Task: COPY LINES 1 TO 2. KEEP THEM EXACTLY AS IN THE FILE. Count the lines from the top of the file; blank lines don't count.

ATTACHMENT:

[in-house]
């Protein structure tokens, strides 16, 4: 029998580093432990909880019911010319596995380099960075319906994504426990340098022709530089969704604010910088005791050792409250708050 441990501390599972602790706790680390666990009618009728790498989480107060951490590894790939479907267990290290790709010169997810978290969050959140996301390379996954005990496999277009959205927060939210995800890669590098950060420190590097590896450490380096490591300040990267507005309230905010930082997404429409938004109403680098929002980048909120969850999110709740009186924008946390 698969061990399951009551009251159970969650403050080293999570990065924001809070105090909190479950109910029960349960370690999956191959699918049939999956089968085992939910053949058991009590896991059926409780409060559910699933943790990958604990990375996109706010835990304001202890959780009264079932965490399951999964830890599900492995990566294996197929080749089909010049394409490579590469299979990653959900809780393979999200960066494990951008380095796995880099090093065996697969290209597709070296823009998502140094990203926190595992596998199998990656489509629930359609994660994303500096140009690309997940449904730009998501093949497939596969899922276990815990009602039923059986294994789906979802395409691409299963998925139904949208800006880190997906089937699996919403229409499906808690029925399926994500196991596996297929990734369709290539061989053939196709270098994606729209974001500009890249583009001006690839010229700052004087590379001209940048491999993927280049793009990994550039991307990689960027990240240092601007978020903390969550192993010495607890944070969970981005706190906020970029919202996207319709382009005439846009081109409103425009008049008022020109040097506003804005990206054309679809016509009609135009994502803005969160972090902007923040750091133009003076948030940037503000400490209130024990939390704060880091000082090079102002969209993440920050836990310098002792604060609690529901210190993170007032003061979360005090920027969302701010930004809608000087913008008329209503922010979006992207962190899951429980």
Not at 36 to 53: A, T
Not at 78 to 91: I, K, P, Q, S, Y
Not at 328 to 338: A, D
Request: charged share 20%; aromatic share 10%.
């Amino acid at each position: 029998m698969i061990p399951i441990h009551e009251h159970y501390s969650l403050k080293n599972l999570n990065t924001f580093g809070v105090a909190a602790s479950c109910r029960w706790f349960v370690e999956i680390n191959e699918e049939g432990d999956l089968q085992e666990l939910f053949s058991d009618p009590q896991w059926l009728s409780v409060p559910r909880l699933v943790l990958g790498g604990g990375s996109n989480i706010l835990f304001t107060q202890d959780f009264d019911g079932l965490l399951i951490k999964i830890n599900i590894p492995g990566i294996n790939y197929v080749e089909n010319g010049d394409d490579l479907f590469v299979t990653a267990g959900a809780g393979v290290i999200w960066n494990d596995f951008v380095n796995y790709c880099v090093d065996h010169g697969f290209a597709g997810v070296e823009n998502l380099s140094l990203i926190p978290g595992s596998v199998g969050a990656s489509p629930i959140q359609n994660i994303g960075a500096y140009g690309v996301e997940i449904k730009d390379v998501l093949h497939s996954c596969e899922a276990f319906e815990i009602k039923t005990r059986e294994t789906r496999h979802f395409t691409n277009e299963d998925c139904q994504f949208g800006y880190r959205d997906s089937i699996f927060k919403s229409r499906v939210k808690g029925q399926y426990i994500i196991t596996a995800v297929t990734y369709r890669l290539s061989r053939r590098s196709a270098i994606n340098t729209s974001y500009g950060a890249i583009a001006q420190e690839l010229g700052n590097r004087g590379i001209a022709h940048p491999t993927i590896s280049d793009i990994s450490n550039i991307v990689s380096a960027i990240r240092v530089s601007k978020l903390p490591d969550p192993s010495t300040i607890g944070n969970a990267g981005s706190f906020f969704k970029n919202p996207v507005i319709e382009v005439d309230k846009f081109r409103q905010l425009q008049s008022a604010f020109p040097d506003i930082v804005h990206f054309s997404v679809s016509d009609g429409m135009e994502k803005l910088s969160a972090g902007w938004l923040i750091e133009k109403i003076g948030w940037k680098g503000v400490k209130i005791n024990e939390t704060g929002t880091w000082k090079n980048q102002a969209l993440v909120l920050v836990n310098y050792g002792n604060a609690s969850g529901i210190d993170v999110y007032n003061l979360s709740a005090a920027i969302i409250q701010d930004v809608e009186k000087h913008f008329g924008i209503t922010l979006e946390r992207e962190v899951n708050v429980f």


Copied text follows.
[in-house]
């Protein structure tokens, strides 16, 4: 029998580093432990909880019911010319596995380099960075319906994504426990340098022709530089969704604010910088005791050792409250708050 441990501390599972602790706790680390666990009618009728790498989480107060951490590894790939479907267990290290790709010169997810978290969050959140996301390379996954005990496999277009959205927060939210995800890669590098950060420190590097590896450490380096490591300040990267507005309230905010930082997404429409938004109403680098929002980048909120969850999110709740009186924008946390 698969061990399951009551009251159970969650403050080293999570990065924001809070105090909190479950109910029960349960370690999956191959699918049939999956089968085992939910053949058991009590896991059926409780409060559910699933943790990958604990990375996109706010835990304001202890959780009264079932965490399951999964830890599900492995990566294996197929080749089909010049394409490579590469299979990653959900809780393979999200960066494990951008380095796995880099090093065996697969290209597709070296823009998502140094990203926190595992596998199998990656489509629930359609994660994303500096140009690309997940449904730009998501093949497939596969899922276990815990009602039923059986294994789906979802395409691409299963998925139904949208800006880190997906089937699996919403229409499906808690029925399926994500196991596996297929990734369709290539061989053939196709270098994606729209974001500009890249583009001006690839010229700052004087590379001209940048491999993927280049793009990994550039991307990689960027990240240092601007978020903390969550192993010495607890944070969970981005706190906020970029919202996207319709382009005439846009081109409103425009008049008022020109040097506003804005990206054309679809016509009609135009994502803005969160972090902007923040750091133009003076948030940037503000400490209130024990939390704060880091000082090079102002969209993440920050836990310098002792604060609690529901210190993170007032003061979360005090920027969302701010930004809608000087913008008329209503922010979006992207962190899951429980």